This is my command: Love each other.
Stop the first one hundred people you meet on the street and ask them this question: "What's wrong with the church today?" You will get plenty of answers!
It's so easy to criticize what others are doing. If you look diligently enough you can find something wrong with everything.
A farmer's neighbor was so negative, criticizing everything and anything. The farmer bought a new plow, the neighbor said it would rust soon. The farmer remarked how it was good to have more rain this year, and the neighbor lamented that his crops would rot at the root with all this rain. It went on ad nauseam.
The farmer determined he would find something to cheer up this bottomless pit of despair. He went out and purchased the finest hunting dog, and secretly trained him to fetch by walking on the water, instead of swimming. When hunting season came the farmer invited his sour neighbor to go with him. When the first flock passed by, the farmer and his friend shot several ducks each. The farmer yelled to the dog, Fetch! The hound darted, his feet barely skimming the surface of the lake. He scooped up four ducks from the water and was back in an instant, dry as a bone. How 'bout THAT? questioned the farmer. Remarked ol' sourpuss, Cain't swim, can he?
Well, the church is something else altogether. If we are honest we can see that most churches are 98% wonderful; the other 2% we manage to mess things up. The problem is that unbelievers, and even critics within, focus on the 2%, and not the productive 98%. It is wrong to judge all ministers by the few who fall into gross sin. It is wrong to judge all committee members by the few who do nothing or just cause trouble. It is wrong to put all members in with the hypocritical few who aren't faithful to their Lord.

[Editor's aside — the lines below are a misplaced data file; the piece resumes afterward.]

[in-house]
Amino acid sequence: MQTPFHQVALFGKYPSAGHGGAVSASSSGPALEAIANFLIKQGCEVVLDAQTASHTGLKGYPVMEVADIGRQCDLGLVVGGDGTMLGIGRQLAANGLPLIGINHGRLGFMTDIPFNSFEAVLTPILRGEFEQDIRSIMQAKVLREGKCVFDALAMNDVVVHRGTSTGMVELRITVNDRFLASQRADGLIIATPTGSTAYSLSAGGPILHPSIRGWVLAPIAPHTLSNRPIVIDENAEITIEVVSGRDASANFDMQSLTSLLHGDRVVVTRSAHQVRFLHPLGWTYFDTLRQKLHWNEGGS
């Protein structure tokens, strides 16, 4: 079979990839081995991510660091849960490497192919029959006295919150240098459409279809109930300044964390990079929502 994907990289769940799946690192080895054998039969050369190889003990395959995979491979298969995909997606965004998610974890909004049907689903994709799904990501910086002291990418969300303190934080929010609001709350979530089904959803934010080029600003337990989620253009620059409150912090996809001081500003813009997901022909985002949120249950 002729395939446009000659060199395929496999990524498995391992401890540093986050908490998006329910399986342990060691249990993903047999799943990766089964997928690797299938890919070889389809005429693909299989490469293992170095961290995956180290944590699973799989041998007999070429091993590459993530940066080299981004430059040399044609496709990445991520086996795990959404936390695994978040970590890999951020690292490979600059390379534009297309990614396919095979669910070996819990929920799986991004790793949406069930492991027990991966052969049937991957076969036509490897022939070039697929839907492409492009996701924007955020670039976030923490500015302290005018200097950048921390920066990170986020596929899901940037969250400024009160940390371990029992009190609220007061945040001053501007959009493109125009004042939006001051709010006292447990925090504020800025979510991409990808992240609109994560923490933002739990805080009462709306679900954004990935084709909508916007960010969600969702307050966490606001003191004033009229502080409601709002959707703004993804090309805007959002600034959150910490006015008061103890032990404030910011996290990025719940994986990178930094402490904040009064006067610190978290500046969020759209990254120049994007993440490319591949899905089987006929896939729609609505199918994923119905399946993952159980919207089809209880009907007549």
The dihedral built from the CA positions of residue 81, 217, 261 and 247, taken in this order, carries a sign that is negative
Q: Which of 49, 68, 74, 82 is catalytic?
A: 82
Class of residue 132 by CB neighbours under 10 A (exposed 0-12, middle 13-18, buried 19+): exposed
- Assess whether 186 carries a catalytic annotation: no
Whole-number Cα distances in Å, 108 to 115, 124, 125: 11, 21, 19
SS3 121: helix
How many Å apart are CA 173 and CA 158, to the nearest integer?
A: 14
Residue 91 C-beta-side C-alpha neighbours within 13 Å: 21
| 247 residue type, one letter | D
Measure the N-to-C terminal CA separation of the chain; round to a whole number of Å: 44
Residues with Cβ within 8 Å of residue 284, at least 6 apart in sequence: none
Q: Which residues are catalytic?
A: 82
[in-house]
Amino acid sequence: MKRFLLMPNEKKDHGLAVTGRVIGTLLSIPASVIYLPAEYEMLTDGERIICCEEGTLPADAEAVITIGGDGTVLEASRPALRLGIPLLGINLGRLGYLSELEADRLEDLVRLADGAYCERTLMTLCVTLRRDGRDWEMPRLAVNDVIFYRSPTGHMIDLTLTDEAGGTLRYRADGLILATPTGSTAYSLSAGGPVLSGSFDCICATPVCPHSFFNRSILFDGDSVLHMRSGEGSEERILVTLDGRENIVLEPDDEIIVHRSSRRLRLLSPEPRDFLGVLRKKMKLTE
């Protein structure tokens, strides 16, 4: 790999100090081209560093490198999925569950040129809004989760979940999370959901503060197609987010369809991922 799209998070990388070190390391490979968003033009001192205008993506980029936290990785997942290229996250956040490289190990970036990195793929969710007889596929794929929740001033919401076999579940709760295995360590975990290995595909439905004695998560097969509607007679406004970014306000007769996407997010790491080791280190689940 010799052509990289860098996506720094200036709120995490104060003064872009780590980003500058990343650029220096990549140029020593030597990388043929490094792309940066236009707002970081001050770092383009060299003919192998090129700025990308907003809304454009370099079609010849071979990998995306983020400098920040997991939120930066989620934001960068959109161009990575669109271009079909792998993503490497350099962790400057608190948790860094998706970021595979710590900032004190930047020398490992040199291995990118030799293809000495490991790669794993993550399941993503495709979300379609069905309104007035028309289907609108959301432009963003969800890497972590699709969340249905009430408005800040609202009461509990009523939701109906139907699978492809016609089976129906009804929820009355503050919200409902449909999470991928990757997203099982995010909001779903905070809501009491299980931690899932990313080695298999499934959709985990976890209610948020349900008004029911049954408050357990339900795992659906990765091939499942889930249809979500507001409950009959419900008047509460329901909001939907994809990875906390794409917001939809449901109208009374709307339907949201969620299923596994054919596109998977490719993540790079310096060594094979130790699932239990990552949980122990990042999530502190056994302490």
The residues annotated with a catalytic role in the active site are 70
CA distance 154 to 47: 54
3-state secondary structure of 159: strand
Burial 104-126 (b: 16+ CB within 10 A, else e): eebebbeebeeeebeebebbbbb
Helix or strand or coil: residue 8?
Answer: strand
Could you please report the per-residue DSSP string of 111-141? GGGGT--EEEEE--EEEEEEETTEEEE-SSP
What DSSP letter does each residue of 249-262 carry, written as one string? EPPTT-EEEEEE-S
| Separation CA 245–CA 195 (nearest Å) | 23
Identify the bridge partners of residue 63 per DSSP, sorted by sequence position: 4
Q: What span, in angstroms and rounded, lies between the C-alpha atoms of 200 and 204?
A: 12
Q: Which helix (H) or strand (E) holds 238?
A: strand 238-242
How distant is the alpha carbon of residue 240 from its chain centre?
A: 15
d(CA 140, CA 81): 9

We ought to judge the church at its best, not its worst. The church's best are the ideals and principles upon which it was founded by Jesus.
Jesus addressed his disciples, with the command (the word means to point out the goal), to love each other. To love means to seek another's highest good. Our goal is to find ways to lift each other in the church. That puts us at a fork in the road. You can criticize, or you can build up, but you cannot do both.
So this morning we want to talk about our goal as a church:
A deeper study of how to love each other is contained in Paul's letter to the Ephesian church (5:25-32). The passage deals with marriage, but we can see how Paul points to the relationship that brings blessing in the church family.
Jesus loved the church (us), and He saw potential for good in each of us. He called us branches of his own vine. In fact, the word "member" is synonymous with the Latin root for "limb." Each of us who are members of the local church, the body of Christ, is a limb. Jesus is the vine, we are the branches. The Lord expects to see fruit produced; He wants us to be great limbs, bearing wonderful fruit.
Now, as any gardener will attest, a crop must be cultivated. It doesn't just happen.
Churches are like that. We are a collection of branches, and the Lord can certainly grow us, but there is also some cultivating that needs to be done. Given the right care, the church can be grown and built up like a vineyard.
So let’s look at the kind of love we can have towards each other; the kind of love that bears
fruit in the Father’s vineyard:
For husbands, this means love your wives, just as Christ loved the church. He gave up his life for her. Ephesians 5:25(NLT)
Jesus sees that kind of potential in you and me. We are the embodiment of the heart of Jesus Christ. That heart is filled with all kinds of good things. What kinds of things?
In the heart of Jesus was the willingness to be a sacrifice for the whole world. In the church you will always find members (limbs of the body) who are ready to give. Jesus wasn't selfish, and his true, fruitful limbs never demand their own way. One of the things that warms my heart is the generosity of God's people. It is a common sight to see a Christian put another's need before his own.